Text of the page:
Vintage vessel Arahi joins Wairua on the Whanganui awa

Photo / Bevan Conley

A Whanganui teenager has taken his passion for vintage boats to the next level - he's bought one of his own to the Whanganui River.

After working alongside Sam Mordey aboard Motor Vessel Wairua for the past 12 months, 19-year-old Jack Burrows bought Arahi from Auckland.

The vessel, which was built in the early 1940s and can reach a maximum speed of about eight and a half knots, was transported from Auckland via truck in October and came "exactly as is".

"The only thing I've done is build an outrigger so she can sit up at the town wharf," Burrows said.

"The previous owner restored her and painted everything all through lockdown in his garage."

Burrows said Arahi had started life as part of the Auckland Harbour Board, transporting workers to wharf construction sites.

"She was originally surveyed to carry 14 men and she'd carry them up and down the rivers and around Auckland harbour. After she retired from that she spent some time in the Bay of Islands, and she's been in private ownership since about 1974.

"Now she's here in Whanganui. I took her up to Upokongaro the other day and she handles beautifully. She's very happy here."

Burrows said he began working aboard Motor Vessel Wairua as a deckhand on Labour Weekend last year, and was currently training to be a skipper.

"Vintage boats was almost a spur of the moment thing for me. I was always interested in the navy, and my family was all navy on my mother's side. I grew up wanting to do that too, but when I applied it didn't go too well, unfortunately.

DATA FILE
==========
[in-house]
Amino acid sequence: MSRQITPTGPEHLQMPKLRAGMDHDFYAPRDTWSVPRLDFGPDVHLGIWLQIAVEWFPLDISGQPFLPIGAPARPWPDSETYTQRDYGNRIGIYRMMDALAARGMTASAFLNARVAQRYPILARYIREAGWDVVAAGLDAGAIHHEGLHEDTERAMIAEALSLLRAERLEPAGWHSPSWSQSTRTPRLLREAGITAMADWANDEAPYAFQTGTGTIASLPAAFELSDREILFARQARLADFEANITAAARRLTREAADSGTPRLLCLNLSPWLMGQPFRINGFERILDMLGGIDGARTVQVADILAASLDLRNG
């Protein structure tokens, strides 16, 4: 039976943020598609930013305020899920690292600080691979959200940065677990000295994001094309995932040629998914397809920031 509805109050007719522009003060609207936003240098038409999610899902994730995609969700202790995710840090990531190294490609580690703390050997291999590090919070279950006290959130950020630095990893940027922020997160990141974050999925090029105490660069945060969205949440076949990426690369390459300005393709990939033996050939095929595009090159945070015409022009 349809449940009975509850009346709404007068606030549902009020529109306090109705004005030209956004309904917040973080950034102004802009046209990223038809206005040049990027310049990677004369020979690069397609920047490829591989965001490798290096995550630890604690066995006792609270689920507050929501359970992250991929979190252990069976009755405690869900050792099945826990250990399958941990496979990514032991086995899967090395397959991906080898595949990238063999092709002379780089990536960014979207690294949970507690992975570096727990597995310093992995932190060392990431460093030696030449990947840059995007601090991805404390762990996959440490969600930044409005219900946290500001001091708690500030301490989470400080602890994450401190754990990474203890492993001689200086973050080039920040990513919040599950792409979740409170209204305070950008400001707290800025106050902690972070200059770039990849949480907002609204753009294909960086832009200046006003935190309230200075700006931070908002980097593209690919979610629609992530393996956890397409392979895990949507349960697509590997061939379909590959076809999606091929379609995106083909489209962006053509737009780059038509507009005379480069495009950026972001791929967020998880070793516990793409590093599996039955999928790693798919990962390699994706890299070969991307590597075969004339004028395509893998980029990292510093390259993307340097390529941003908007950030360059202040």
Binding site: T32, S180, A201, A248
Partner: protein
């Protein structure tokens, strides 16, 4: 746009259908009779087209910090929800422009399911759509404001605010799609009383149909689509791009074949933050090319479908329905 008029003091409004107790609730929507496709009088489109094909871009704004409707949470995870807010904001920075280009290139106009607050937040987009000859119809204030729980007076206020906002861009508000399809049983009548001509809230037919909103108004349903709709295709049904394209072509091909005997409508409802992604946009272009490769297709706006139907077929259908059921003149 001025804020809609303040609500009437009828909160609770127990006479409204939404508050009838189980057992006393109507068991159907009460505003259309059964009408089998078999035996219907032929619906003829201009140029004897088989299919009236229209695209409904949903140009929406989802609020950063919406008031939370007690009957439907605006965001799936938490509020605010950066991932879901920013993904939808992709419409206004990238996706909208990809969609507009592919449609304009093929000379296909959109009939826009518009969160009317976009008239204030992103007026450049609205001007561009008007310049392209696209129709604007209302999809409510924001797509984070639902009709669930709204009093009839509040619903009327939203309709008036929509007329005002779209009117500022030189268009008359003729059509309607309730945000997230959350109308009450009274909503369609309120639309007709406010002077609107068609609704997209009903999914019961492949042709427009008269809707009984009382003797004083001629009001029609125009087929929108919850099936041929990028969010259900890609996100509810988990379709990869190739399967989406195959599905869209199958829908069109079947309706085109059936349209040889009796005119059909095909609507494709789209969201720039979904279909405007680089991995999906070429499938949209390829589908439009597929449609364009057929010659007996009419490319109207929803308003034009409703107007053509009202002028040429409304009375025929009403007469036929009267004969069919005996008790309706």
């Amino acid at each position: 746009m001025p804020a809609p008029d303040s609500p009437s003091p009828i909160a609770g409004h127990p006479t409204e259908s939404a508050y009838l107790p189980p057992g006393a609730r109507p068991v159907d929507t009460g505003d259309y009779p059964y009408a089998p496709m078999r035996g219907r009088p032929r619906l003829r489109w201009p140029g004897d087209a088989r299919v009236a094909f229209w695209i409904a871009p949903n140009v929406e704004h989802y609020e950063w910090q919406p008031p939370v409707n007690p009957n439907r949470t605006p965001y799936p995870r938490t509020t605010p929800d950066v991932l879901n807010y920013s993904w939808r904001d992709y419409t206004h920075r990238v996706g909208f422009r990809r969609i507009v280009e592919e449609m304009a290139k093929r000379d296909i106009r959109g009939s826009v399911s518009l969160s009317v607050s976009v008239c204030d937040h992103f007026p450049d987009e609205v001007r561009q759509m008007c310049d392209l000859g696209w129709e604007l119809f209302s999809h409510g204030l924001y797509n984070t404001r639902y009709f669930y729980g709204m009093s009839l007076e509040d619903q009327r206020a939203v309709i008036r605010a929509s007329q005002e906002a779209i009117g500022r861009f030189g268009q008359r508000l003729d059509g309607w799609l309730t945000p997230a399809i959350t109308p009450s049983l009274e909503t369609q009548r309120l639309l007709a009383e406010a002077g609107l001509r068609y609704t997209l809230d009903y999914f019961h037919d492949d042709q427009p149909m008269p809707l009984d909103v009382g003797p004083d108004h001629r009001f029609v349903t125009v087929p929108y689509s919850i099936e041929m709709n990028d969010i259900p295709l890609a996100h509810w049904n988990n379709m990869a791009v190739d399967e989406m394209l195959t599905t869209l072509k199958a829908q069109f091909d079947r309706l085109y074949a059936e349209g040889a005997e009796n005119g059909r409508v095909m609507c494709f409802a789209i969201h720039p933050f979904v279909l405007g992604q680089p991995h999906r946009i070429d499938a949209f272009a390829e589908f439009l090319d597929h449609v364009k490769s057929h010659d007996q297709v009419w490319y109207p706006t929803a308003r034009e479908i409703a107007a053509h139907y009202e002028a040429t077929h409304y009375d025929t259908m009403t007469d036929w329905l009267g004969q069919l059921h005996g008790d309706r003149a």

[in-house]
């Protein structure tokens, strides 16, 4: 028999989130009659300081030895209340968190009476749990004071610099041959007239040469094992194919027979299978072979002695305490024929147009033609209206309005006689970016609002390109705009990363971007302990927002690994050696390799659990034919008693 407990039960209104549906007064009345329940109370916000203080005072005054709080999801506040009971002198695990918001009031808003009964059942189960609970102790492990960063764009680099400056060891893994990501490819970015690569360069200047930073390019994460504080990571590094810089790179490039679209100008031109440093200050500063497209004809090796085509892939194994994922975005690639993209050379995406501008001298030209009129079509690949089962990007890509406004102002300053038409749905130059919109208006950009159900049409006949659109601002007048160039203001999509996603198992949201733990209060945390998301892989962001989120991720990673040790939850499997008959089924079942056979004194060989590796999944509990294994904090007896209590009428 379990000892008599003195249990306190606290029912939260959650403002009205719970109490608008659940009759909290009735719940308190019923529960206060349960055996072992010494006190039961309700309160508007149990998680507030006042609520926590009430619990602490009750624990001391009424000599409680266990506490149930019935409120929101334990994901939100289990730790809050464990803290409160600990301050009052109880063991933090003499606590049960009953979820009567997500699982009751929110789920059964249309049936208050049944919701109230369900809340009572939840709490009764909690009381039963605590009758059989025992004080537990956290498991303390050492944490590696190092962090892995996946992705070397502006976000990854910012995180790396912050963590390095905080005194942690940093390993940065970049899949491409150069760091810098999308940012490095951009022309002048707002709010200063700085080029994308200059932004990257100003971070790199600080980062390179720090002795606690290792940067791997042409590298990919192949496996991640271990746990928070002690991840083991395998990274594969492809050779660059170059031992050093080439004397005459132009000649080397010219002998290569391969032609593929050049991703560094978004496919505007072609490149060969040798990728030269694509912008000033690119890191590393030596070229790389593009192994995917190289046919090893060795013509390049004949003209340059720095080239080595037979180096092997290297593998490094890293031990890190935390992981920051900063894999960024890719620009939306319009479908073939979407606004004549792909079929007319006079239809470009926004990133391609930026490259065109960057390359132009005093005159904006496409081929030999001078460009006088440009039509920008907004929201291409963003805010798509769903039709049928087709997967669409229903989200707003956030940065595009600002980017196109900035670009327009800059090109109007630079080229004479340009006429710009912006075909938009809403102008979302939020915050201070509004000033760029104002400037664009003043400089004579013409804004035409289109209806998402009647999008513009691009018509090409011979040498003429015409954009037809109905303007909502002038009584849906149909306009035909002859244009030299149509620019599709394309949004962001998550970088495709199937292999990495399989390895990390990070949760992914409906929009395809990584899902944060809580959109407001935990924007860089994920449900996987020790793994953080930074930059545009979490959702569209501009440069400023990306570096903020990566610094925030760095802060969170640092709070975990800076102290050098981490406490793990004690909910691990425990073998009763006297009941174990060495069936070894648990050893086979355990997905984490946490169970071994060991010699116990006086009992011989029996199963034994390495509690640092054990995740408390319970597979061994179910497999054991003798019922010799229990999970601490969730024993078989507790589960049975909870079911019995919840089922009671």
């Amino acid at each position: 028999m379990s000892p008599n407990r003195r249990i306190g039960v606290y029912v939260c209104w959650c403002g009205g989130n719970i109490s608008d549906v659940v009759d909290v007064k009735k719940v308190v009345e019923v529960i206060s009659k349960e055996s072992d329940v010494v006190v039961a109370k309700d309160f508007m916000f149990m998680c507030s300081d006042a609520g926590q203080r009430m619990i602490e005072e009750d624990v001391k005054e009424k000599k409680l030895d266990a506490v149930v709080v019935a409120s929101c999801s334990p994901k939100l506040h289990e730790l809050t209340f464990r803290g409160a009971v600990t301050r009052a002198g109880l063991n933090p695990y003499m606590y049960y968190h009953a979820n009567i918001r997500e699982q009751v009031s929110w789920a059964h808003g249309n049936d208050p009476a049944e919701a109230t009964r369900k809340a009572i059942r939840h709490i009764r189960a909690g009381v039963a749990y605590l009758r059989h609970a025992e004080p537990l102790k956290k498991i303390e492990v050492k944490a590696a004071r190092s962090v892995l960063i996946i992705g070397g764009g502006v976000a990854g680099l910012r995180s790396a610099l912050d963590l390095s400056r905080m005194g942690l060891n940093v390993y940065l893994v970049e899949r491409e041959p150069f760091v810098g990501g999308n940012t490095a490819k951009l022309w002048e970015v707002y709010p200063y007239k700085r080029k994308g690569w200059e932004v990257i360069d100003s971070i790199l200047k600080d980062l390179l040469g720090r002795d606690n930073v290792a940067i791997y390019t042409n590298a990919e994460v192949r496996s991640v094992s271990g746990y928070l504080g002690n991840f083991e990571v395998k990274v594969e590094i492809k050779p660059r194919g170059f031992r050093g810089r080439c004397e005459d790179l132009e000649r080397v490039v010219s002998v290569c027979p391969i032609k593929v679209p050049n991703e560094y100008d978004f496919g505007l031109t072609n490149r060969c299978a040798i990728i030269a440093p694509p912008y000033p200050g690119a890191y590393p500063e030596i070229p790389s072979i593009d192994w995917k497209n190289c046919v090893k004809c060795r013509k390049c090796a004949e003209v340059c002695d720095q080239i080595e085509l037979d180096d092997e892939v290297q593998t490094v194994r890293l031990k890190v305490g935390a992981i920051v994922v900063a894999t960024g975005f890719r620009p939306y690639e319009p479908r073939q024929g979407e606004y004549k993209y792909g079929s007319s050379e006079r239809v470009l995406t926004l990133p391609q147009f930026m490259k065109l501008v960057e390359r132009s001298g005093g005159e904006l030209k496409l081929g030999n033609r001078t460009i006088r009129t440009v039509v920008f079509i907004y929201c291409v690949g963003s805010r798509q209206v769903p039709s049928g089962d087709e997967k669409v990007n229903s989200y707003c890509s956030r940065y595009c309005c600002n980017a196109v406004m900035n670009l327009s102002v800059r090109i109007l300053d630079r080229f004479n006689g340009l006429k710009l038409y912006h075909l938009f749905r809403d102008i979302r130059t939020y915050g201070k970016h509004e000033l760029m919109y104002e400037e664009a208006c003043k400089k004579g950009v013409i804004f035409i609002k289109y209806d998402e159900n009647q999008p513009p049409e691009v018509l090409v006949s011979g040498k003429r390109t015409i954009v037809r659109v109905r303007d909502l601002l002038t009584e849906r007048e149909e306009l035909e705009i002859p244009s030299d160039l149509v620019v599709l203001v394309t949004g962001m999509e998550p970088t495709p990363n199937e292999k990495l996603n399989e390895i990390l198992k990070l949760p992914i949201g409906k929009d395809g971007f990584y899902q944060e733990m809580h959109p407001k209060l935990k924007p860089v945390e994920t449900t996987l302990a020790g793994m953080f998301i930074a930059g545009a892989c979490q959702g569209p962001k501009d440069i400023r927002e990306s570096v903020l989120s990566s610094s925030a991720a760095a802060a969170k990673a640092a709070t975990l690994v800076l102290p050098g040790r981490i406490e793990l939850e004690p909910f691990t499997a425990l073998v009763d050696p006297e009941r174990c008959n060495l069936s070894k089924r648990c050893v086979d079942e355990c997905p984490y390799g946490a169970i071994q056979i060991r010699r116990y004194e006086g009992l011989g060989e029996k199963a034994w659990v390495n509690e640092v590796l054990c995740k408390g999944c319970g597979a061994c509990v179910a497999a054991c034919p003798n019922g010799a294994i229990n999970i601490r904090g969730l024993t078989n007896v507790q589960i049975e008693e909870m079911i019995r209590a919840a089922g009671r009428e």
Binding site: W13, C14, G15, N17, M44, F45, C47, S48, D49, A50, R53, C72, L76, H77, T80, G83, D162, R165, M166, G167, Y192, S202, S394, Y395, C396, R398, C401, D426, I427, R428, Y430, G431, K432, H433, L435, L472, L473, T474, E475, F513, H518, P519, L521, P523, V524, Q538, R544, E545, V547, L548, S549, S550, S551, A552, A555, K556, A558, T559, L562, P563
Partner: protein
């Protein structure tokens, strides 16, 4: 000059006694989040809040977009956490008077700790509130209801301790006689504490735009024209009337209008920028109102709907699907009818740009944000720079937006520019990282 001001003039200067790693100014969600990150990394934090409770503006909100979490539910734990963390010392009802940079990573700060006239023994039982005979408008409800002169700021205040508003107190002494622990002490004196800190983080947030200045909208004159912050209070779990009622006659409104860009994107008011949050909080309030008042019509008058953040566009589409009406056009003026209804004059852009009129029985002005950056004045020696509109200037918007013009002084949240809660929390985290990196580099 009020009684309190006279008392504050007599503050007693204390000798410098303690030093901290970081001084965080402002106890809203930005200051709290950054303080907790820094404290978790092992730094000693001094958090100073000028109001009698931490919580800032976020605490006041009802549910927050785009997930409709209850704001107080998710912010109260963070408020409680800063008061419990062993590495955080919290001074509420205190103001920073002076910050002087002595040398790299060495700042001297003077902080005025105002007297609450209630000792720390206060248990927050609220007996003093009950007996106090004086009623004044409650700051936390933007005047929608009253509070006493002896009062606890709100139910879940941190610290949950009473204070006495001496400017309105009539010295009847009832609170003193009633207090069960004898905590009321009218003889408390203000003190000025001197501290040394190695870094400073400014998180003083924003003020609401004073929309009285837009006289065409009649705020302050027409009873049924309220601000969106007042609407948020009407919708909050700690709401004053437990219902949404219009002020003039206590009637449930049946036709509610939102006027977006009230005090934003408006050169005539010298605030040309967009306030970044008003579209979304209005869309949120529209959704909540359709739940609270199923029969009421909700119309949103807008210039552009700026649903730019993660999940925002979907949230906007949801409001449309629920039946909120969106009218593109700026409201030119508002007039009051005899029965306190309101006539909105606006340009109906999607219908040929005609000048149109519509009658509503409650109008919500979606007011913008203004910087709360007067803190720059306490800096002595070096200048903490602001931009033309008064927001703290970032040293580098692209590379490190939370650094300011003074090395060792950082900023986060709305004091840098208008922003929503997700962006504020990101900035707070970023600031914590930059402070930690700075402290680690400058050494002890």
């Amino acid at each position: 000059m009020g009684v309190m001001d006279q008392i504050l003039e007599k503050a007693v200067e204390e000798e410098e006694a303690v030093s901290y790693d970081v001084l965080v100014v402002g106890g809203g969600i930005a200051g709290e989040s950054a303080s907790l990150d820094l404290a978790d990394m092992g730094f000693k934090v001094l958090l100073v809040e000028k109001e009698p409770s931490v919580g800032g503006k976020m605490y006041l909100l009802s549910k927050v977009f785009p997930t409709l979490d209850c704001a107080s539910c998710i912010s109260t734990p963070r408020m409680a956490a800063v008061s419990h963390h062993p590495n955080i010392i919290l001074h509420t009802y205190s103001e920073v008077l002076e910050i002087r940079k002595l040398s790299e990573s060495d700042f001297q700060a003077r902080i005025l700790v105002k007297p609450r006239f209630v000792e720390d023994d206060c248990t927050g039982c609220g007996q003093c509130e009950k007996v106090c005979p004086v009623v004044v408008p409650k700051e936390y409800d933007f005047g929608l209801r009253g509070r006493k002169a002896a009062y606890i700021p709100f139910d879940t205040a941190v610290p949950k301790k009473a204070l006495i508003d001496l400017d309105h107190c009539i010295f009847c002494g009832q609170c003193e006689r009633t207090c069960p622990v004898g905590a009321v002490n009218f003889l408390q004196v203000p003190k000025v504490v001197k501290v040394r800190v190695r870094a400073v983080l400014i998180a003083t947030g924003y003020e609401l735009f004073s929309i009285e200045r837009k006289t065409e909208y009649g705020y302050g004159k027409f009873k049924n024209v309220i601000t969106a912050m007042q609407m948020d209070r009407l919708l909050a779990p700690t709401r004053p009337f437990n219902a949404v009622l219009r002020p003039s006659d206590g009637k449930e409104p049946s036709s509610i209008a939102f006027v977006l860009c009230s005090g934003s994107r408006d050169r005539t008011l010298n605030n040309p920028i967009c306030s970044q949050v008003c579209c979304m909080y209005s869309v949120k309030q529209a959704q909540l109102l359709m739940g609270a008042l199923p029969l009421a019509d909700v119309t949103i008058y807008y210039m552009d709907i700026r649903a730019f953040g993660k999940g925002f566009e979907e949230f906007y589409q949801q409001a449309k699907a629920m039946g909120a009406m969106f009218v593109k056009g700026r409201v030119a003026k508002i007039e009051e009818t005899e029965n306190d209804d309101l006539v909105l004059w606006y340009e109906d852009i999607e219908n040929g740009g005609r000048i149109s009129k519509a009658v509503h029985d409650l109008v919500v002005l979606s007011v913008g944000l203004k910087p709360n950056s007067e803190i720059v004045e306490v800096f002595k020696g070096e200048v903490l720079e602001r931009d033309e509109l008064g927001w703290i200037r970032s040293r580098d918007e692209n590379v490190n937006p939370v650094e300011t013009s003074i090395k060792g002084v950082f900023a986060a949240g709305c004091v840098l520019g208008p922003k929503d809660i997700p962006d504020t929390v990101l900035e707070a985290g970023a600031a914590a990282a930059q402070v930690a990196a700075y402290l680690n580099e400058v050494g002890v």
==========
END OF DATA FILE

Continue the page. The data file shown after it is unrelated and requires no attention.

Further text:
"After that, I came to work on Wairua and just fell in love with vintage boats. Something about them really sparked my interest, and when I saw Arahi was for sale it immediately clicked.

"In six months or so I should be able to do the day-to-day skippering of Wairua, and then I'll have Arahi in my free time. I'm going to be constantly surrounded by boats, which is great."

MV Wairua skipper Sam Mordey said that Arahi was an "excellent first boat".

"She's big and solid, and she can handle the swell going out to sea," Mordey said.

"It helps that Wairua has a Gardner 6 cylinder engine and Arahi has a Gardner 4 cylinder engine, so that means a lot of the parts are interchangeable.

"The guy who owned her previously said he'd had boats that had kept him alive and happy, and he'd had boats that had tried to kill him. Luckily, this one falls into the first category."

While Arahi had yet to be surveyed to take paying customers onboard, Burrows said he wasn't ruling that out in the future.

"Because everything is old it's a constant work in progress to keep her going and keep her up to the standard she is at the moment.

"I plan on taking her out to sea and down to Nelson and Picton when there are a few nice days. A lot of people call me mad when they hear that I've bought a boat from the 1940s, but they're going to call me even more mad if I start purchasing more of them."

Mike Tweed
Whanganui Chronicle 19/11/20

(*) Last Reviewed: November 19, 2020

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